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I understand that C++ compilers are not compatible with each other. However, I was unable to find anything on this topic for C in particular. I know that the C standard leaves a lot of room for compilers to implement things however they see fit: for example, the size and alignment of most (all?) data types is implementation-defined save for some minimal guarantees. Therefore, two compilers (or two versions of the same compiler) can disagree on numerous details.

Am I correct in thinking that there's no guarantee that two object files compiled with different compilers will actually link properly? For example, the size of pointers could be 32 bits in one object file and 64 bits in the other. But if that's so, why are C libraries sometimes distributed in precompiled form? Is there an expectation that I'll use the same compiler they did (e.g. gcc), or some de facto standard being used to ensure binary compatibility? And how do other languages with a Foreign Language Interface ensure things will line up properly when linking with C object files?

  • As far as I can remember, C object files should be compatible with each other as long as they are compiled for the same platform. An object file is just an archive containing loadable binary code with some symbol table that can be used to access each symbol inside the module. – Giorgio Apr 11 '14 at 18:36
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    libs can be made compatible, I don't think obj are guaranteed to be – ratchet freak Apr 11 '14 at 19:10
  • @Giorgo By "same platform", do you mean CPU architecture or CPU architecture + OS? – Doval Apr 11 '14 at 19:12
  • @ratchetfreak I was under the impression a lib is for the most part just a concatenation of multiple object files. Is that wrong? – Doval Apr 11 '14 at 19:12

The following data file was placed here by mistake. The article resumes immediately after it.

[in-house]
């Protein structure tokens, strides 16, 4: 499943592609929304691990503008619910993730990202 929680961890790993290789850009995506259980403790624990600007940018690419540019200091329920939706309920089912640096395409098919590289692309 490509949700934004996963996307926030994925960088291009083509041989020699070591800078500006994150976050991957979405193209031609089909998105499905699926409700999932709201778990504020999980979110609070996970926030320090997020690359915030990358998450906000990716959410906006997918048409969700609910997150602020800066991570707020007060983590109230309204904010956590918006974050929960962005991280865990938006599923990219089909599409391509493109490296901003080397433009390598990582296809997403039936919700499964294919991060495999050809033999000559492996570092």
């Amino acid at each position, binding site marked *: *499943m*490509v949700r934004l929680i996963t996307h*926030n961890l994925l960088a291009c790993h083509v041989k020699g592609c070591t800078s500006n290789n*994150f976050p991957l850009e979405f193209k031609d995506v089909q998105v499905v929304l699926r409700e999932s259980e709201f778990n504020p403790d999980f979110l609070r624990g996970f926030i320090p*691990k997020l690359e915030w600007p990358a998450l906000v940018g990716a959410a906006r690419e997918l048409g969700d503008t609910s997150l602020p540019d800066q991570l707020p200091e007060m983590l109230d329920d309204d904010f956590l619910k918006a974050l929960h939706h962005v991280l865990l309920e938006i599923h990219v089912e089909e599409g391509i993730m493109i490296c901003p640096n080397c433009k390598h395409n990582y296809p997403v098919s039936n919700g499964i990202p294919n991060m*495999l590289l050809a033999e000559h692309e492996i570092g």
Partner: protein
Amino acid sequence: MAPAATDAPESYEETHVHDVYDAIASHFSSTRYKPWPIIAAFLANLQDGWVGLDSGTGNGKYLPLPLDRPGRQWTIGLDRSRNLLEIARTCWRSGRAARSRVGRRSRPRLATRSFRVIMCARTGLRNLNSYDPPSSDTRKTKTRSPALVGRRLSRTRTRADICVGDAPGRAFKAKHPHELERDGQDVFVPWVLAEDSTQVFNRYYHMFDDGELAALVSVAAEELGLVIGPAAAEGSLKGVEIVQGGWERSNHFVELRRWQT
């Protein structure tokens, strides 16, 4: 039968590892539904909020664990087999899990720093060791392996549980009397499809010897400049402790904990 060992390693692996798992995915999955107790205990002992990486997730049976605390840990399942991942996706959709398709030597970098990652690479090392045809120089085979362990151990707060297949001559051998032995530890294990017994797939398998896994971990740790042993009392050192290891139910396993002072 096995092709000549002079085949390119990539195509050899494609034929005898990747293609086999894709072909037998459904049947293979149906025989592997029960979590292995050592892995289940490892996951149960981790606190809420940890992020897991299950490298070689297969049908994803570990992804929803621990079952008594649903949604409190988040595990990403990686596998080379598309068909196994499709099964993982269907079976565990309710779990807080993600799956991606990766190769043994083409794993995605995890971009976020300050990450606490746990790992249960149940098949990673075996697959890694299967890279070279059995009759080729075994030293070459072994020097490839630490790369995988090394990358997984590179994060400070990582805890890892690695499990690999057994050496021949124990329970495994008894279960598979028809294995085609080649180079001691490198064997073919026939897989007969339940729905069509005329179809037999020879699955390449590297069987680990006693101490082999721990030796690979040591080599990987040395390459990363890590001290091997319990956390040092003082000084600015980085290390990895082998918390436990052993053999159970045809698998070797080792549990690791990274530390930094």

• I would not expect objects to be compatible across different compilers. – old_timer Apr 12 '14 at 2:55
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The general answer is no, C language compilers are not compatible with each other. The C language standard does not define any kind of binary interoperability, and most compiler writers don't even try.

I need to qualify that. The objects emitted by a C compiler have to be linked with runtime libraries to produce either an executable or a runtime linkable library. Although the visible functions provided by the C runtime library should be compatible, there will also be non-visible functions that are unique to the implementation and prevent interoperability.

This lack of compatibility also extends to different versions of the same compiler. In general, programs and libraries compiled with older and newer versions of a compiler cannot be linked together, and those compiled with MSVC cannot be linked with those compiled by GCC.

There is a specific and very useful exception. Every platform provides a dynamic linking ABI (Application Binary Interface) and any program in any language that can conform to that ABI is compatible. Therefore it is generally possible to build a DLL (on Windows) with MSVC (or something else) and call it from a program compiled by a different version of MSVC or by GCC and vice versa.